Following the death of Vladislaus III. in the Battle of Mohacs, the Lands of the Bohemian Crown fell to Ferdinand of Habsburg, brother of Emperor Charles V. The Lutheran Reformation had found followers among Moravia's ethnic German population. In 1566, the Jesuits were invited to establish a college in Olomouc. On June 26th 1618 the Diet of Moravia, although protestant, declared their loyalty to the Habsburg dynasty. Counterreformation Moravia (1620-1711) . Despite of the loyalty to the Habsburg Dynasty displayed by the Moravian Diet in 1618, following the Habsburg victory over the Bohemian rebels in 1620, the Counterreformation was implemented in Moravia as well, with force; protestants ere forced to convert or emigrate (the Moravian brethren chose the latter option, to Poland).
In the later phase of the Thirty Years War, Moravia was battle ground, as a Swedish army invaded the country; the degree of devastation was severe.

18th Century Moravia (1711-1792) . In 1683 the Austrian Habsburgs narrowly escaped disaster; the Ottoman siege of Vienna was broken, by 1699 Hungary liberated. The Austrian Habsburgs, throughout the late 17th and into the 18th century, in order to fight their many wars, heavily depended on foreign subsidies. Austrian economists wanted to improve the Emperor's finances and suggested policies such as lessening the burden on peasants and introducing taxation on nobility. Also, new forms of production, such as manufactures, were promoted. Together with Bohemia, Moravia was the most versatile and productive economy among the territories of the Austrian Habsburgs (the Austrian Netherlands and Milan disregarded).
Repeatedly, Moravia was the battleground of wars (War of Austrian Succession 1740-1748, Seven Years War 1756-1763; War of Bavarian Succession 1777-1778).
In 1782, Austrian Silesia was annexed into Moravia.

19th Century Moravia (1792-1918) . In the aftermath of the French Revolution, the Holy Roman Empire was dissolved, the Marquisate of Moravia declared integral part of the Austrian Empire (1806). Czech and German nationalism emerged. The Habsburg administration were reluctant to concede political authority to the estates, to extend the franchise. The Industrial Revolution affected Moravia stronger than Austria proper. In 1848, Prague saw a revolution, and was the seat of the 1st Pan-Slavic Congress. The revolution was suppressed, but serfdom abolished in Austria (including Moravia). In 1849 Austrian Silesia was again administratively separated from Moravia.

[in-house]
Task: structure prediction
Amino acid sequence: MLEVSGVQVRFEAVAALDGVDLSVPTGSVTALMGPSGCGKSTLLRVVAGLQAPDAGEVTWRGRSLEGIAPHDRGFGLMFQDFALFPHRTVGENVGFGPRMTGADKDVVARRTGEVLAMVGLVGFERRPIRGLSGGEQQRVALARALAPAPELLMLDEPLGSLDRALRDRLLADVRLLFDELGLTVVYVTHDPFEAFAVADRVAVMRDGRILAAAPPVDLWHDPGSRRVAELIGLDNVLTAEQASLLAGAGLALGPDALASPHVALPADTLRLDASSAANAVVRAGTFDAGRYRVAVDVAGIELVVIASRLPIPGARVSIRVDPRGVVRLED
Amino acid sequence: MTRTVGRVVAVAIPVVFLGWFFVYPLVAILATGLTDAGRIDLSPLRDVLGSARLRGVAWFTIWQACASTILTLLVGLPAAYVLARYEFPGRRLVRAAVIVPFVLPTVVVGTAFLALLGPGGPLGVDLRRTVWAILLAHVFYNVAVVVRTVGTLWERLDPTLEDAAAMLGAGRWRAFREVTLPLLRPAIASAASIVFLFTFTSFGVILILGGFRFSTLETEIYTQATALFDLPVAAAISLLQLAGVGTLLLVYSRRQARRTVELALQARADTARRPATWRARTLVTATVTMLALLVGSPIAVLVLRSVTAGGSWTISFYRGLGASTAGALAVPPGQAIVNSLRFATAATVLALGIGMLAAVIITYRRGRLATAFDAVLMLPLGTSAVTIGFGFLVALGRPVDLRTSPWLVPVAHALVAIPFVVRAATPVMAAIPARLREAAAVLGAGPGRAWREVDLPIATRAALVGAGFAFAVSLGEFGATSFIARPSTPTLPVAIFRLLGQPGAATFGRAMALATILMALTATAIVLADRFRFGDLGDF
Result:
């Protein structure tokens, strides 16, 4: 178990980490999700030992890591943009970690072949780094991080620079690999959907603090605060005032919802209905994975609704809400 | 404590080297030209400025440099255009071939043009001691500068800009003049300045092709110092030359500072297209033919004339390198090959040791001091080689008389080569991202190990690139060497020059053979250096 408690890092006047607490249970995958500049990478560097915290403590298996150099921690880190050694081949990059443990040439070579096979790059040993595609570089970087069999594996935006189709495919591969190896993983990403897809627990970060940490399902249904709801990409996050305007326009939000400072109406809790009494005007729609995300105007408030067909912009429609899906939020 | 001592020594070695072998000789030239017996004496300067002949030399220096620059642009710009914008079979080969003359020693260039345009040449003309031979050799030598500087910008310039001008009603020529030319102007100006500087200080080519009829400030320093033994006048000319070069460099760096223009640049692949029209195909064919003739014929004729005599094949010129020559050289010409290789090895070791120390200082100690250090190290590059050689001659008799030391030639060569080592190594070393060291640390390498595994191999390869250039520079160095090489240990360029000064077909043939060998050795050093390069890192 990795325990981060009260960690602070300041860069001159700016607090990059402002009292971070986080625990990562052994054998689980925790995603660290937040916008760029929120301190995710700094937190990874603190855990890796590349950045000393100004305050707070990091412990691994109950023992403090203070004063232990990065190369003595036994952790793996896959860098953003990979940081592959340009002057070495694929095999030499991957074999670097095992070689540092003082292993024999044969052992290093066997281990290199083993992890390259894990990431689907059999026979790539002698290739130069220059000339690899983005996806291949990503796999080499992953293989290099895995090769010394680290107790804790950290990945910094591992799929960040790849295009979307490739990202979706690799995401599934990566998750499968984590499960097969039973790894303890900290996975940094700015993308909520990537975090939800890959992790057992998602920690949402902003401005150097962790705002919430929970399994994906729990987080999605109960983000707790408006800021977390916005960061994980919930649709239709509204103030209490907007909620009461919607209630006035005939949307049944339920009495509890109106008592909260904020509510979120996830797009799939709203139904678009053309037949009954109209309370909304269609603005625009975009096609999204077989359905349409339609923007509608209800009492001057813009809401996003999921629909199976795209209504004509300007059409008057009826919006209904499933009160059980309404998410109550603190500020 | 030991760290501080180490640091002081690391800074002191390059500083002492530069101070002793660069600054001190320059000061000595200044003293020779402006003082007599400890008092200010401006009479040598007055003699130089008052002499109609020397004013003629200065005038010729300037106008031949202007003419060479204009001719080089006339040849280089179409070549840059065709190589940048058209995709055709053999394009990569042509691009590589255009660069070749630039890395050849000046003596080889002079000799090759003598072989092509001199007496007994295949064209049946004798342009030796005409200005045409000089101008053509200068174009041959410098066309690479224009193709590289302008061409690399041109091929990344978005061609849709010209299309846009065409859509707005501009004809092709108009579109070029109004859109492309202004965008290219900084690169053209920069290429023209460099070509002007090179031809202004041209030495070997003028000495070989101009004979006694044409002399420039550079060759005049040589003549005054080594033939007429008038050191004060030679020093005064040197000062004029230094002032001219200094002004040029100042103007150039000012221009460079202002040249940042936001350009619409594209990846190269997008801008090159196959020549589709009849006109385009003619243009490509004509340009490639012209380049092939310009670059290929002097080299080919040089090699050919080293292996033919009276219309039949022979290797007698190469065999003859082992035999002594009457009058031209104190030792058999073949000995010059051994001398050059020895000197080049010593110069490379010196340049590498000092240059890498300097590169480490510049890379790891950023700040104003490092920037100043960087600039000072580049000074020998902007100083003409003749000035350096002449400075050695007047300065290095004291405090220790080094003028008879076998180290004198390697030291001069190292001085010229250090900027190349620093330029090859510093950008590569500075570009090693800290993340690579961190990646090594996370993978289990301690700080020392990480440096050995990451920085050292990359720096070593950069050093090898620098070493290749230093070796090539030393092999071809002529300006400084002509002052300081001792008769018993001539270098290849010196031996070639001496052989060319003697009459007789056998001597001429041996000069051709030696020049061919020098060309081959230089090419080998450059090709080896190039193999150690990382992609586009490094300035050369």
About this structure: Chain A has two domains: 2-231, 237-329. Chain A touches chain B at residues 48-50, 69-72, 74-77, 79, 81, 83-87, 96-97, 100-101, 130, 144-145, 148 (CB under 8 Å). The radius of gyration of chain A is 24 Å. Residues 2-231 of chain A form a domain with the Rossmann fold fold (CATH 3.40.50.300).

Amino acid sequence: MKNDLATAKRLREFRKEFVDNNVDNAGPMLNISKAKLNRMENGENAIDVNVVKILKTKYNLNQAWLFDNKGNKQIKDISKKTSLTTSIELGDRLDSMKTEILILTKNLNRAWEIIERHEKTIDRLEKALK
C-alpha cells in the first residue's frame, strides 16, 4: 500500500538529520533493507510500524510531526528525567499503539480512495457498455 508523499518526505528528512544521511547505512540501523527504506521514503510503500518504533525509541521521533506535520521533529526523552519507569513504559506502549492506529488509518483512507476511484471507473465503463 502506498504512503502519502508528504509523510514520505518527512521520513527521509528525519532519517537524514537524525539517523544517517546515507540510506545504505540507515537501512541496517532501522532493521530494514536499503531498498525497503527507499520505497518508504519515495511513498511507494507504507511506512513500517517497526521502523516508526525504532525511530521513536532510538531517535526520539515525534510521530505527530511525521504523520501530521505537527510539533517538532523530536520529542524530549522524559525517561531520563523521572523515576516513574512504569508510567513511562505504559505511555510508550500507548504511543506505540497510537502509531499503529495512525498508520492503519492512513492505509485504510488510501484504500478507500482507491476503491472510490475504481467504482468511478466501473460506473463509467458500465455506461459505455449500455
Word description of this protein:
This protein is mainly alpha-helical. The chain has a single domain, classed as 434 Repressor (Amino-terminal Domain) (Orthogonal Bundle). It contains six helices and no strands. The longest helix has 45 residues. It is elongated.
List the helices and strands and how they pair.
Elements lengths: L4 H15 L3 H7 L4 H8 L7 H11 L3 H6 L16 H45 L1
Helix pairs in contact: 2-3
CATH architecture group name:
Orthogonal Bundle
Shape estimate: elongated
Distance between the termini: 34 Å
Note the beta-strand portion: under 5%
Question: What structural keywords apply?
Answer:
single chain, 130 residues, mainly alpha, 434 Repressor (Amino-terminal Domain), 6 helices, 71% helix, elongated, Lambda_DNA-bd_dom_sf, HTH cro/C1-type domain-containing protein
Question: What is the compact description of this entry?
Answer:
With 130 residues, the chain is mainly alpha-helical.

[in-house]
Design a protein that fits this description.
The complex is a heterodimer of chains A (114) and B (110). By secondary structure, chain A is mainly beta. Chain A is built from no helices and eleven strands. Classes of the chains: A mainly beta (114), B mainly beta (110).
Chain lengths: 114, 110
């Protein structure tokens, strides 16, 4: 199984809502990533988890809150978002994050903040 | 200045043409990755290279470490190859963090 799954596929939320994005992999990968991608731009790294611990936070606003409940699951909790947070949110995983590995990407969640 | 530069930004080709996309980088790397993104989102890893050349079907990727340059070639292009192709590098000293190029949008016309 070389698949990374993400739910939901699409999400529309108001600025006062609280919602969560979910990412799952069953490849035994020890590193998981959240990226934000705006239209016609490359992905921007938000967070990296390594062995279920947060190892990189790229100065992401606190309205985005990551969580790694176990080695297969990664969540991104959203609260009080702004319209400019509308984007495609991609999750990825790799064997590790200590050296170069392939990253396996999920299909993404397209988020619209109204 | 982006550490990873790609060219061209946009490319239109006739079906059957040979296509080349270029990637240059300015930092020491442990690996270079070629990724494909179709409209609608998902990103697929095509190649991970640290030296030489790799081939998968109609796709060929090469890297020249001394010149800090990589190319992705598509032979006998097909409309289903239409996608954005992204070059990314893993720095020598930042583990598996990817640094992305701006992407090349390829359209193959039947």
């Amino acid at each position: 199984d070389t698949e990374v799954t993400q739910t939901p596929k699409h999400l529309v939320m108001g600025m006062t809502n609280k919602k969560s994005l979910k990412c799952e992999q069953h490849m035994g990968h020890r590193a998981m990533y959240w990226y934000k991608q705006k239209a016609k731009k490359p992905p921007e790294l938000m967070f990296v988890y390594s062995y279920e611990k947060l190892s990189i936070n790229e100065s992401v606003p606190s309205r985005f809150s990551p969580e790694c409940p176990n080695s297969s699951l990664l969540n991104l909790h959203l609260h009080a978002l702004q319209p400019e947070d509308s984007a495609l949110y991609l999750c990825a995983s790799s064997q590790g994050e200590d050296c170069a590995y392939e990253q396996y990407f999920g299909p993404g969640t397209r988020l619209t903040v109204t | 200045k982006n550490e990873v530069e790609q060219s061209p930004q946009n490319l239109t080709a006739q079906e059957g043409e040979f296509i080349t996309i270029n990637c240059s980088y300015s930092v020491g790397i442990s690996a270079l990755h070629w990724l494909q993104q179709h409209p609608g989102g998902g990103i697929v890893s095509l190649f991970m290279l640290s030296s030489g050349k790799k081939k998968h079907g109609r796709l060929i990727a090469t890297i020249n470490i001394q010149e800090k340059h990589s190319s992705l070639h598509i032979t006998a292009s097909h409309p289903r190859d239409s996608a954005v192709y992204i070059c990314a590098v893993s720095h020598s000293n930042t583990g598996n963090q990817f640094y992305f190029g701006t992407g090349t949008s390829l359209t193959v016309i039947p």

The Industrial Revolution resulted in changes in society; the growth of a railroad network increased social mobility. Persons from the (Czech) countryside migrated into cities, many of which used to be of an ethnic German character; the Germans, over time, found themselves being reduced to a minority.
Improved education resulted in increased circulation of newspapers, both in Czech and German; these, despite press censorship, often were edited by liberal patriots of either ethnicity. In Moravia, the tension between ethnic Czechs and ethnic Germans was less than in Bohemia; in 1905 the Moravian Diet passed the Moravian Compromise (Mährischr Ausgleich), which regulated separate schooling and voting by nationality, thus guaranteeing that Czechs and Germans were represented in the diet according to the proportion of the respective ethnicity.

Czechoslovakia (1918-1992) . In 1918 the Czechoslovak state was established. Ethnic Germans in Bohemia, Moravia and Austrian Silesia, ethnic Hungarians in Slovakia found themselves marginalized in a state which emphasized its Slavic origin. The Czechs (Slav Bohemians and Moravians) outnumbered Slovaks 2:1; the old Bohemian capital of Prague was capitl of the entire state, Czechia the more politically and economically developed part of the entire country. While the Czechs identified with the Czechoslovak Republic and regarded themselves part of a Czechoslovak Nation, the Slovaks were split into Czechoslovaks and supporters of a Slovak autonomy.
In 1938, Germany annexed the Sudetenland; from 1939 to 1945 it occupied core Czechia (then referred to as the Reichsprotektorat Böhmen und Mähren). This was a period of ruthless opression.
In 1945 Czechoslovakia was restored, the country's ethnic German minority (c. 3 million) forcibly expelled. In 1948 Czechoslovakia became a socialist people's republic. An attempt to introduce Socialism with a Human Face (Spring of Prague 1968) was suppressed by Warsaw Pact troops. Until 1989 the country was ruled by concrete head communist politicians. Drastic political and economic reforms then resulted in the peaceful break-up of Czechoslovakia, into the Czech Republic and Slovakia.

Czech Republic (since 1993) . Joined NATO (1999), EU (2004).

Czechoslovakia, from : Library of Congress, Country Studies

This page is part of World History at KMLA
First posted on September 11th 2006